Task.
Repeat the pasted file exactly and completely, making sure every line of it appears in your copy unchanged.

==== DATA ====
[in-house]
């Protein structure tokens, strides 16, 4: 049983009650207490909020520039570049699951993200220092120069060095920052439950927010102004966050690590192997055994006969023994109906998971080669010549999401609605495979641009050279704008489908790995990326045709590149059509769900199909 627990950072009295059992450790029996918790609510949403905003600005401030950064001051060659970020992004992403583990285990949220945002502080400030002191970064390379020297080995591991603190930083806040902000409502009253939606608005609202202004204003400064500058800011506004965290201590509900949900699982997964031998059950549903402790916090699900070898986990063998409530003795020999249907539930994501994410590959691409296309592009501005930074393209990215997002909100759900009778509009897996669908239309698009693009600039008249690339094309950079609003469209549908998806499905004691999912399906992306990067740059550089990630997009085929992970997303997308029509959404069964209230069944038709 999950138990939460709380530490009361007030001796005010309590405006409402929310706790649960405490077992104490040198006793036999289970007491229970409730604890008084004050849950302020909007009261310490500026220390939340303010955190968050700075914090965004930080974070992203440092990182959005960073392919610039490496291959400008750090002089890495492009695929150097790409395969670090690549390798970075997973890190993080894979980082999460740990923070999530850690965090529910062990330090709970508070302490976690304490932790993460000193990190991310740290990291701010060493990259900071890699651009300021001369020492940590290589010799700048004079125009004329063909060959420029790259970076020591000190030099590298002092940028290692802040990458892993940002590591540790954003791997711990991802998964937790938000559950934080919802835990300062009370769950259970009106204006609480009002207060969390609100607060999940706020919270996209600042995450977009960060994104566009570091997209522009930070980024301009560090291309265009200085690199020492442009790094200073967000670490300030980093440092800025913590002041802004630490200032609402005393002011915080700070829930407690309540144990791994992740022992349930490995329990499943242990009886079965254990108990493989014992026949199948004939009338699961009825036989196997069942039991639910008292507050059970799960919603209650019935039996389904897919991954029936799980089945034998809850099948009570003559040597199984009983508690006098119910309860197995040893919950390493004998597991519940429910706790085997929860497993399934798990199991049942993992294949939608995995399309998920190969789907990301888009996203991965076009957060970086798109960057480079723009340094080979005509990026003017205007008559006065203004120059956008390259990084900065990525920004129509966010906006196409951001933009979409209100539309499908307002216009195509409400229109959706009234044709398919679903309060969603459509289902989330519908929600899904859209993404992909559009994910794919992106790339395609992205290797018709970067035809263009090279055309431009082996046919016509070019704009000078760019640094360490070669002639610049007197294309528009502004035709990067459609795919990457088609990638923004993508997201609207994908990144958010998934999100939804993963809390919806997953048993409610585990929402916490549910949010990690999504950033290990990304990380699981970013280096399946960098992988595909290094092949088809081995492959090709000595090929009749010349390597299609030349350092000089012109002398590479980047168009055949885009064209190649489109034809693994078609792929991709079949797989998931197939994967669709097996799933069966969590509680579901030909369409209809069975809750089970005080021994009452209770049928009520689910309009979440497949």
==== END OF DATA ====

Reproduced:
[in-house]
């Protein structure tokens, strides 16, 4: 049983009650207490909020520039570049699951993200220092120069060095920052439950927010102004966050690590192997055994006969023994109906998971080669010549999401609605495979641009050279704008489908790995990326045709590149059509769900199909 627990950072009295059992450790029996918790609510949403905003600005401030950064001051060659970020992004992403583990285990949220945002502080400030002191970064390379020297080995591991603190930083806040902000409502009253939606608005609202202004204003400064500058800011506004965290201590509900949900699982997964031998059950549903402790916090699900070898986990063998409530003795020999249907539930994501994410590959691409296309592009501005930074393209990215997002909100759900009778509009897996669908239309698009693009600039008249690339094309950079609003469209549908998806499905004691999912399906992306990067740059550089990630997009085929992970997303997308029509959404069964209230069944038709 999950138990939460709380530490009361007030001796005010309590405006409402929310706790649960405490077992104490040198006793036999289970007491229970409730604890008084004050849950302020909007009261310490500026220390939340303010955190968050700075914090965004930080974070992203440092990182959005960073392919610039490496291959400008750090002089890495492009695929150097790409395969670090690549390798970075997973890190993080894979980082999460740990923070999530850690965090529910062990330090709970508070302490976690304490932790993460000193990190991310740290990291701010060493990259900071890699651009300021001369020492940590290589010799700048004079125009004329063909060959420029790259970076020591000190030099590298002092940028290692802040990458892993940002590591540790954003791997711990991802998964937790938000559950934080919802835990300062009370769950259970009106204006609480009002207060969390609100607060999940706020919270996209600042995450977009960060994104566009570091997209522009930070980024301009560090291309265009200085690199020492442009790094200073967000670490300030980093440092800025913590002041802004630490200032609402005393002011915080700070829930407690309540144990791994992740022992349930490995329990499943242990009886079965254990108990493989014992026949199948004939009338699961009825036989196997069942039991639910008292507050059970799960919603209650019935039996389904897919991954029936799980089945034998809850099948009570003559040597199984009983508690006098119910309860197995040893919950390493004998597991519940429910706790085997929860497993399934798990199991049942993992294949939608995995399309998920190969789907990301888009996203991965076009957060970086798109960057480079723009340094080979005509990026003017205007008559006065203004120059956008390259990084900065990525920004129509966010906006196409951001933009979409209100539309499908307002216009195509409400229109959706009234044709398919679903309060969603459509289902989330519908929600899904859209993404992909559009994910794919992106790339395609992205290797018709970067035809263009090279055309431009082996046919016509070019704009000078760019640094360490070669002639610049007197294309528009502004035709990067459609795919990457088609990638923004993508997201609207994908990144958010998934999100939804993963809390919806997953048993409610585990929402916490549910949010990690999504950033290990990304990380699981970013280096399946960098992988595909290094092949088809081995492959090709000595090929009749010349390597299609030349350092000089012109002398590479980047168009055949885009064209190649489109034809693994078609792929991709079949797989998931197939994967669709097996799933069966969590509680579901030909369409209809069975809750089970005080021994009452209770049928009520689910309009979440497949």